Mercedes-Benz uses Instagram to sell cars to millennials

Can Instagram sell luxury cars to millennials? Mercedes Benz wants to find out.

Mercedes is launching the #GLApacked campaign for its GLA sports utility vehicle scheduled to hit lots this fall. The luxury car company recruited “Instagram influencers” Theron Humphrey, Cubby Graham, Kyle Steed and Brenton Clarke Little and Mercedes brand ambassadors Rickie Fowler (professional golfer) and Pei Ketron (travel photographer) to market the car on their respective Instagram feeds starting June 9.

In the process, Mercedes loaned each of them a GLA for a cross-country excursion and instructed them to document their travels on Instagram. And to kick off their trips, they each took a photo of the items they would bring on a road trip (artfully arranged on Mercedes floormat, natch).

This isn’t the first time Mercedes has used Instagram in this manner. Last July through September, Mercedes Benz turned to Instagram to help launch a new lower-cost car model, the CLA, which starts at just $30,000. The “Take the Wheel” campaign from last year was nearly identical to #GLApacked: Mercedes loaned CLAs to popular Instagram users and had them ‘gram their journeys. Tapping into these influencers’ following was instrumental, as many of them had half a million or more Instagram followers, whereas @mbusa’s has 111,000. Competitor Audi has more than 900,000, for comparison.


“Take the Wheel” achieved its goal of reaching this demographic. The earlier campaign generated 87 million Instagram impressions and 2 million likes across the pages of the influencers involved and the @mbusa page.

And, most important, young people bought CLAs. CLA owners are “one of the youngest age groups in the history of the brand,” according to Mercedes digital marketing manager Mark Aikman. More than half of CLA buyers are Gen-X or Gen-Y, and for 75 percent of them, it was their first Mercedes.

This time around, its marketing effort includes months’ worth of Instagram ads — an option that it didn’t have with its pre-Instagram ad CLA campaign. And yet, paid ads on Instagram were never part of the new marketing campaign at first, Aikman said. But Facebook, Instagram’s parent company, enjoyed the promotion so much that it approached Mercedes about joining the select group of brands advertising on Instagram, an offer Mercedes was happy to take them up on, Aikman said.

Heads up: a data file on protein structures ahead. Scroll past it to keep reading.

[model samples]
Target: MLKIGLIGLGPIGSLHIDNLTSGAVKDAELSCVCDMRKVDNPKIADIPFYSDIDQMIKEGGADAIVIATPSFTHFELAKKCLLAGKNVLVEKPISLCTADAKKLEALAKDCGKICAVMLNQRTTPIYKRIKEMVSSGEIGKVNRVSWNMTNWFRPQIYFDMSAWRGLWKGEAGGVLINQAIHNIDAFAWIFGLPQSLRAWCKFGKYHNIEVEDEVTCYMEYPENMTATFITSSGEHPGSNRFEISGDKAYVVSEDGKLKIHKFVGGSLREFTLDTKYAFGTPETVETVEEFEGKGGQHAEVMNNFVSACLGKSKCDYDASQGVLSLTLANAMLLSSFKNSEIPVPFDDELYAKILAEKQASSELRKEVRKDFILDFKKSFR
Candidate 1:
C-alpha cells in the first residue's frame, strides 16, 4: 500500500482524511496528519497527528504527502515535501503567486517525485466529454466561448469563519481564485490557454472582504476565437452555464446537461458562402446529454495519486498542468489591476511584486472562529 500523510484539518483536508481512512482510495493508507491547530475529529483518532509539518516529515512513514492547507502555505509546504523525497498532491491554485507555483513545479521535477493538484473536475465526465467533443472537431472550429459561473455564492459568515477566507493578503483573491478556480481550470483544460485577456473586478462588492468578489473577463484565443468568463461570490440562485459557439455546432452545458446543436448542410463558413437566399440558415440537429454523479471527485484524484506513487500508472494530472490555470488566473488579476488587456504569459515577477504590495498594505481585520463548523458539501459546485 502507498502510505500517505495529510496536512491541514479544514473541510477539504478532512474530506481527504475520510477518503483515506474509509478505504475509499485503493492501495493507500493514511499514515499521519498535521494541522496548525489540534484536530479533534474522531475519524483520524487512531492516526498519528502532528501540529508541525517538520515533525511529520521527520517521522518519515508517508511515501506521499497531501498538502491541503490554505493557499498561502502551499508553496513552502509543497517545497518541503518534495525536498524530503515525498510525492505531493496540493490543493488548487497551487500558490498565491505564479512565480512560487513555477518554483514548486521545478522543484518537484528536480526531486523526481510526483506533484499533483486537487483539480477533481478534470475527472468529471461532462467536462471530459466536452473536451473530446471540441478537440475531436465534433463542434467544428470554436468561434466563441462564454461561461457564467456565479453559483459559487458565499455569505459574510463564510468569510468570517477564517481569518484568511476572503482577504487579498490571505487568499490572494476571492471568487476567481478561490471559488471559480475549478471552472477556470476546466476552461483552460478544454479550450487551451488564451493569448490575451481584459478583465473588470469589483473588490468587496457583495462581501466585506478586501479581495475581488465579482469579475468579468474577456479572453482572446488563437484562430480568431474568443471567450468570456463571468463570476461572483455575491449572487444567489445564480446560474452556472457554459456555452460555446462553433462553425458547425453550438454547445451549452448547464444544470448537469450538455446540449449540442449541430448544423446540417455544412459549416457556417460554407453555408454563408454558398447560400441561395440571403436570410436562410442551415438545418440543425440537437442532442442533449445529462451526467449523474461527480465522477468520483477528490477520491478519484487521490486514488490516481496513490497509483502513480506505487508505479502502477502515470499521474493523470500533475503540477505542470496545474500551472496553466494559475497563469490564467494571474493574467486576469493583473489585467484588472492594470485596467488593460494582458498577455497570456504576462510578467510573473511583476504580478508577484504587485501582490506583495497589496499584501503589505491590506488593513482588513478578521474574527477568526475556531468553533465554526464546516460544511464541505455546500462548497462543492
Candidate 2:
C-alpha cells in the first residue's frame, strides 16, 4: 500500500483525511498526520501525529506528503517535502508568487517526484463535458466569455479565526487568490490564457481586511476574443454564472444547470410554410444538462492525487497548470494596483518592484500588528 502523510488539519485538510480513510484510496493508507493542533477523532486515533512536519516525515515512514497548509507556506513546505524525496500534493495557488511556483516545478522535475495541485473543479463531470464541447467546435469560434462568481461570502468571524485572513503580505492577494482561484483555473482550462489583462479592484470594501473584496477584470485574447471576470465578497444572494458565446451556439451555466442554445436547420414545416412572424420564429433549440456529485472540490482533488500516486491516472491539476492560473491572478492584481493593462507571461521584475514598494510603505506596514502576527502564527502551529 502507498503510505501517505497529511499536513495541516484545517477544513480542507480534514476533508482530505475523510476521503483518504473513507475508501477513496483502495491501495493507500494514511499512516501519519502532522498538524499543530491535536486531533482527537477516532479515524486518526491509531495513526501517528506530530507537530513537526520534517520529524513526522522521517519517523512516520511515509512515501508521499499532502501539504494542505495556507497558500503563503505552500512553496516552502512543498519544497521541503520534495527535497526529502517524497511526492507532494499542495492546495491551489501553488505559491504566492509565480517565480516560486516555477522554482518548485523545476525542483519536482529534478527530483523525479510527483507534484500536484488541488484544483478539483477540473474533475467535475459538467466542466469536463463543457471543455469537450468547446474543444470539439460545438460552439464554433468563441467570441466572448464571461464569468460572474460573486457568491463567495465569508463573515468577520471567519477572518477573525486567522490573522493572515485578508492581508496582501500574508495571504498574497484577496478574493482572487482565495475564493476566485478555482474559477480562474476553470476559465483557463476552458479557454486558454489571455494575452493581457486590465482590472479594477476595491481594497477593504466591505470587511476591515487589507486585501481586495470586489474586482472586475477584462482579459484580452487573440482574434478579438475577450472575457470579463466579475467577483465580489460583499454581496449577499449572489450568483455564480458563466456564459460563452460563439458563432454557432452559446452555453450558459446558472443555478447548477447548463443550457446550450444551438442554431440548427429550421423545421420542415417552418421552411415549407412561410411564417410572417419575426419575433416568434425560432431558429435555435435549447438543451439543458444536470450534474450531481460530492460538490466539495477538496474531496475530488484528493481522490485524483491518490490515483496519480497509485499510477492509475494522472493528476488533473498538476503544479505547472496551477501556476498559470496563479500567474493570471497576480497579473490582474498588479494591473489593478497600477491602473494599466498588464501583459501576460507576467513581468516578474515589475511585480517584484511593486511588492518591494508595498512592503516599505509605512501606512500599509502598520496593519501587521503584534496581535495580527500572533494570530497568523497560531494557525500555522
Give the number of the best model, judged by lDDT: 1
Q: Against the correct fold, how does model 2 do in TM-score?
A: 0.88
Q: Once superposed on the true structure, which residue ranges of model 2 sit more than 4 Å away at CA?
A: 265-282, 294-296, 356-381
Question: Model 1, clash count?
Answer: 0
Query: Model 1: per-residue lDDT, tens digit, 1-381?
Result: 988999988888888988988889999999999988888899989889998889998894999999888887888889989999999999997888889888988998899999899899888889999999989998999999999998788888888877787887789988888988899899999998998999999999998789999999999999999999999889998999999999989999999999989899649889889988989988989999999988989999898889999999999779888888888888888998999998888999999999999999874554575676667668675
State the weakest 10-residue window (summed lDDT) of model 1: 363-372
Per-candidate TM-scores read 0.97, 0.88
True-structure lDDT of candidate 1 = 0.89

The ads are targeted at males and females of a “millennial” age, Aikman said, and will run throughout July.

“We’re definitely seeing some millennials buying, just a little later in life,” Aikman said.

Millennials significantly differ from older car buyers in how they go about buying a car, Aikman said. Specifically, much of their consideration phase occurs online instead of on the lot.

“They’re walking into dealerships ready to buy more so than to kick the tires and determine which model might be right for them,” Aikman said.

Instagram is certainly an ideal platform for reaching millennials. More than half (51 percent) of 18- to 34-year-olds are on it, higher than Facebook (36.4 percent), Pinterest (41.3 percent), Tumblr (49.7 percent) and Twitter (40.7 percent), according to comScore.

That’s not to say advertising on Instagram does not come with risks. Tracking the effectiveness of an Instagram campaign is difficult since there’s no way to direct users to a landing page.

“Any time we test a new advertising vehicle, you realize there are going to be incredible advantages and you’re not going to have some of those tried and true things you’re used to,” Aikman said.

Mercedes will be monitoring the amount of time people spend looking at the ads, the number of likes they receive and the increase in @mbusa fans to gauge #GLApacked’s effectiveness, he added. Aikman doesn’t anticipate the laying off the gas on Instagram and Facebook anytime soon, though.

“We’ve realized that visual storytelling through Instagram and Facebook is a really powerful tool for the younger consumer,” he said.

Image via Mercedes-Benz

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